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Why I Risked My Life to Stop Arctic Drilling

How far would you go for something you believed in?
 
 
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Photo Credit: Greenpeace

 

This article was published in collaboration with GlobalPossibilities.org.

Basil Tsimoyianis stares out from a support speedboat in the Russian Arctic waters, watching his friends get blasted with a water cannon.  In a few minutes, Basil will be riding out to switch places with them, relieving them from the cannon’s icy pounding. The cannon, normally used in case of fires on the oil rig, now shoots out in a steady bend, drowning his friends whose boat is chained to the anchor of a ship filled with workers — many of whom are frustrated that they can’t lift the ship’s anchor and get to work on the oil rig today.

I don’t want to do this.

But there’s no time to think any more than that; there’s a job to be done. Basil and the others begin preparing to take over for the activists chained to the Anna Akhmatova, a passenger vessel that carries workers to Prirazlomnaya, Gazprom’s oil rig. Gazprom is a huge oil and gas company planning to drill for oil in the Arctic. But if workers can’t get to Gazprom’s rig, the company’s preparation for oil drilling in the Arctic will temporarily be disrupted. Basil moves about, working up a little sweat, as he adjusts his three layers of insulating gear — and then they’re off.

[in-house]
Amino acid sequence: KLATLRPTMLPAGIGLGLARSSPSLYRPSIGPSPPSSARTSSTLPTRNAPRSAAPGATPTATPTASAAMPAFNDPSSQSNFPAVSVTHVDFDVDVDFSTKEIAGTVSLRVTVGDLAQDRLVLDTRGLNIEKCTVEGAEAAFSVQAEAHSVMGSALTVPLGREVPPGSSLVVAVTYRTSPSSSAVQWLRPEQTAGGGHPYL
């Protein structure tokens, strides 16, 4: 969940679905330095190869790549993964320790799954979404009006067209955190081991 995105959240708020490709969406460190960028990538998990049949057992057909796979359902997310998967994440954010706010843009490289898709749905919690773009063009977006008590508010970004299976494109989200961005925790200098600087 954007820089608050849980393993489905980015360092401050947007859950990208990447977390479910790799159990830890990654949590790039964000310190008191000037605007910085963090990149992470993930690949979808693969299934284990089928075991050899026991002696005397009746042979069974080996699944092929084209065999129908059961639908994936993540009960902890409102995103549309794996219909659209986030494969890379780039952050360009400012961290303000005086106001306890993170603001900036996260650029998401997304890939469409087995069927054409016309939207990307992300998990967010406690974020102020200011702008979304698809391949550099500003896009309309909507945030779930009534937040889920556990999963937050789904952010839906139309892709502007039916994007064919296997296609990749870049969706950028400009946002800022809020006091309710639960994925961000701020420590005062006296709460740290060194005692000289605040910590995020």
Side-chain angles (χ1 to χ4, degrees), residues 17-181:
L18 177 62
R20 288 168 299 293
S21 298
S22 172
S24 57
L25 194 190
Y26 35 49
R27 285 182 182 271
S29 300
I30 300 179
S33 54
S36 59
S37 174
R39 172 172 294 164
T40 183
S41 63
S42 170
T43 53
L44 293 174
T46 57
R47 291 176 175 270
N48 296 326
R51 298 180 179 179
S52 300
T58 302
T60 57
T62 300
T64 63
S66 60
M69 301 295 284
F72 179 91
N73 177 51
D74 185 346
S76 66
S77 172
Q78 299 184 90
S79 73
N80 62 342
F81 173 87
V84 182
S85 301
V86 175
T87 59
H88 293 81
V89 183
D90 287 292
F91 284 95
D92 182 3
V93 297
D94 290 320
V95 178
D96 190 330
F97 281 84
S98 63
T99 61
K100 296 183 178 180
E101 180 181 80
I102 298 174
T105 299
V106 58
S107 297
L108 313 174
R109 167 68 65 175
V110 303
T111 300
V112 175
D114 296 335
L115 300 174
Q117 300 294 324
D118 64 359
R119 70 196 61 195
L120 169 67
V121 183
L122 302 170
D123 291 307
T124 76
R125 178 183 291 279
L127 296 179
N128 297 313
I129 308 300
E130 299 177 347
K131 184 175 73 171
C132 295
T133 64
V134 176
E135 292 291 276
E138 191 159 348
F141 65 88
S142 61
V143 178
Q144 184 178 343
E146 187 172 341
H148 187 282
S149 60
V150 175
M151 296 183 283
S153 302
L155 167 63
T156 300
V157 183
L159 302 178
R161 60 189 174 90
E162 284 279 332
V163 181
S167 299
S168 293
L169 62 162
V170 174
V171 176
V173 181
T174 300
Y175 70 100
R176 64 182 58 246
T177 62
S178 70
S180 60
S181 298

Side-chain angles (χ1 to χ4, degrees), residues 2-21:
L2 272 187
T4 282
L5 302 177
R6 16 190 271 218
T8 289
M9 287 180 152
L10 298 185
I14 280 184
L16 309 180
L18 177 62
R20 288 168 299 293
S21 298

The wind brushes Basil’s face as the speedboat dashes through the freezing, gray waters. Basil’s eyes gaze ahead at the powerful arch.

Like a river flying through the air.

It’s hard for him to notice much else, like the rainbow brightening up the cloudy sky.

As the speedboat zooms closer, Basil’s eyes dart to his friends, huddled in a tiny boat, chained to the anchor of huge ship. They all hold up wooden shields that take some of the water’s beating.

His eyes close as the speedboat nears. The water from the cannon sprinkles him. And then, it’s suddenly gushing, as bodies change boats, and Basil grabs a shield.

This is far worse than the hoses.

The Setup

It’s three days earlier, on August 24, 2012 and Basil is on one of two portable ledges with tents on them on the side of Gazprom’s monstrous oil rig. An hour ago, Basil and five other Greenpeace activists from around the world had climbed up the Prirazlomnaya, in teams of three, using its mooring lines. The teams each set up a portaledge.